Junk Foodie

Eat your way to Internet stardom—by stuffing your face at the drive-thru

Illustration by Brandon Celi

“Wendy’s has a good patty,” offers Ken Domik through gurgling bites of ground beef. Bald, bespectacled, and irrepressibly chipper, he’s midway through scarfing down the fast-food chain’s off-menu T-Rex burger. That’s nine patties and nine slices of processed cheese, totalling more than 3,000 calories. The sodium content, Domik tells the camera, is “off the chart.”

Domik, a forty-nine-year-old resident of Innisfil, Ontario, has been on YouTube for a decade. He was working in video production for the York Regional District School Board when two co-op students first told him about the site. “They made fun of me for not having a channel or putting up videos,” he says. “Back then, a lot of YouTubers thought it had to be like television: you needed a script and a cameraman. It turns out all you needed was a GoPro and a good idea.”

When Tim Hortons introduced its egg-on-a-biscuit sandwich in 2006, attempting to horn in on the fast-food breakfast racket dominated by McDonald’s, ­Domik reviewed it online. He quickly found an audience and realized he could make money by partnering with YouTube. Already unhappy at his day job—cutbacks had turned him into a “glorified PowerPoint maker”—Domik resigned and dedicated himself to eating full-time. A few years and 300,000 subscribers later, he’s reviewed everything from off-menu abominations such as the T-Rex, to a dozen Tim’s doughnuts (inhaled in one sitting), to a pink-tinted Hero Burger designed in support of the Canadian Breast Cancer Foundation (“The sauce is a little on the tangy side,” he says, detecting a soupçon of beetroot). And while he was once embarrassed to tell people that he’d left a respectable job to eat tacos in his car, today he says he’s a proud YouTuber, making more money online than he did at the school board.

If the novel was the defining art form of the nineteenth century, and cinema that of the twentieth, then surely the twenty-first century belongs to YouTube, where any weirdo can get famous if they find the right audience—or rather, if the right audience finds them. There’s a whole substratum of videographers online (mostly men) who sample the latest ­offerings from Wendy’s, McDonald’s, ­Little Caesars, Dairy Queen, and any other franchised establishment that specializes in calorific junk. Production costs are low by Hollywood standards, but filming in-car offers Domik a certain artistic freedom. “I don’t need approval from anyone,” he says. “When I’m in my car, I have complete control over my lighting, sound, ­audio. It’s like my own private studio.”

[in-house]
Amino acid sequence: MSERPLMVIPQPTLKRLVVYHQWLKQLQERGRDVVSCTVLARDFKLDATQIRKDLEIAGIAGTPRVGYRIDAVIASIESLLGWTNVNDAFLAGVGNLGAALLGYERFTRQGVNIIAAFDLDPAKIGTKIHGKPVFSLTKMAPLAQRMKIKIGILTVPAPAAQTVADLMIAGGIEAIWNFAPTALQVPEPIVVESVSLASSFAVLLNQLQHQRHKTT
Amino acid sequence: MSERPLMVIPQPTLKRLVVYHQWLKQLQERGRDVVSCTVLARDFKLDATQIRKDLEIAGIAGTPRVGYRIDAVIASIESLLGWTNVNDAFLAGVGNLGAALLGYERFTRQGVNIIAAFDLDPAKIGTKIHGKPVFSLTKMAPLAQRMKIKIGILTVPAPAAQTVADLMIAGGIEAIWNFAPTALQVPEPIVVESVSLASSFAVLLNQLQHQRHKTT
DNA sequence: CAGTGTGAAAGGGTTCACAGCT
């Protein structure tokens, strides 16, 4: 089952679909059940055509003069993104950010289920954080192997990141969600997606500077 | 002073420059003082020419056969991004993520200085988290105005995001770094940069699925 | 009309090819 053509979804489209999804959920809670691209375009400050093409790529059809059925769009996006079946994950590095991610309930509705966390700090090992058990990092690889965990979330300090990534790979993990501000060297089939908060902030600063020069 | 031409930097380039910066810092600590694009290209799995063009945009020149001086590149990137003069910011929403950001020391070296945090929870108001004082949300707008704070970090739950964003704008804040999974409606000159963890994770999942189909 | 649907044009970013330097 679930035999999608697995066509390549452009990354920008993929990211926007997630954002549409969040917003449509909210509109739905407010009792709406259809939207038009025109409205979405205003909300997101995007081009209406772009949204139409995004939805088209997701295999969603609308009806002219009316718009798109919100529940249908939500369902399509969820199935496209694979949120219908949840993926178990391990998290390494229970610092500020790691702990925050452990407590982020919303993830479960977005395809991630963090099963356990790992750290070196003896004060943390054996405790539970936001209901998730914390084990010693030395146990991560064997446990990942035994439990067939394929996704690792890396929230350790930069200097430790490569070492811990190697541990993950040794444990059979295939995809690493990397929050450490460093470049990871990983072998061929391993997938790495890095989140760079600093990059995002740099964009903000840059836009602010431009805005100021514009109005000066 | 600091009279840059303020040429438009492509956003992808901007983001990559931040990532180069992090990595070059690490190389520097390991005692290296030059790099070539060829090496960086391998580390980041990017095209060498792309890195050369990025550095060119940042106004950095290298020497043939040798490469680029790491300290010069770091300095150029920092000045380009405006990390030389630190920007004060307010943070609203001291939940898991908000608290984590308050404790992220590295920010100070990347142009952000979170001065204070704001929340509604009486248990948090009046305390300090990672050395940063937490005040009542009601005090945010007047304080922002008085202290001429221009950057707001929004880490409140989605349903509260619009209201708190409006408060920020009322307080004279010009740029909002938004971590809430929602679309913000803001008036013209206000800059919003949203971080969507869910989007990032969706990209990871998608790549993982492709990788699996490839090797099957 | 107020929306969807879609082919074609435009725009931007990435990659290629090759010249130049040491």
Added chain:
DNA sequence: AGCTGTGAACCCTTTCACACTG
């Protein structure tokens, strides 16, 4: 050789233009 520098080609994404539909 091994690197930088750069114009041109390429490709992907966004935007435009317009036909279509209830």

Domik is different from other Internet eaters. For one, he rarely does challenges—eating foods that are implausibly gross. And he’s not a competitive eater, the kind who ­ingests record-setting amounts of food in order to reap a free meal or souvenir ­T-shirt. The challenge eaters always seem on the verge of emesis, reduced to sweat and tears, victims of their own hubris. They eat like Pac-Men, wolfing trays of hot dogs without taking the time to savour anything. Domik doesn’t eat fast food as a dare or for sport. He eats it because he genuinely loves it.

In a food culture where the trend is toward haute-ing up junk cuisine, where lifestyle magazines review $20 hamburgers (too much to pay for any burger not topped with $15), it’s refreshing to see a guy like Domik rave over crap qua crap or lose his mind at the flavour profile of a chicken sandwich. “When I eat something at McDonald’s, I’m not comparing it to a five-star restaurant in downtown Manhattan. I’m comparing it to McDonald’s.”

Like many of Domik’s subscribers, I eat vicariously through him, gawping at every sensual close-up of every greasy mouthful. I recall eating a homemade vegan tempeh wrap while watching him bite lasciviously into a Meat Lovers pie from 241 Pizza and imagining that I was having what he was having, so to speak. This is what’s connoted by the phrase food porn: ­substituting the more desirable action onscreen for the humdrum options at home. And Domik’s videos are about as close to culinary erotica as you can get, with ooh-la-la! sound effects, and grease and ­secret sauce practically pumping through the camera lens. What he arouses in ­viewers, he says, “is that natural instinct to devour.”

Pineapple buns, double-applewood-smoked bacon, and sprinklings of taro chips are all well and good for refined palates—for people who want to eat junk food without feeling junky about it. But what Domik lacks in phony foodie refinement, he more than makes up for in enthusiasm and honesty. I don’t think I can trust anyone who doesn’t feel, deep in their heart of hearts, that Wendy’s has a good patty.

This appeared in the March 2016 issue.

John Semley
John Semley's latest book is Hater: On the Virtues of Utter Disagreeability. He grew up in the Niagara Region.
Brandon Celi
Brandon Celi paints for the New York Times, Bloomberg Businessweek, and Vice.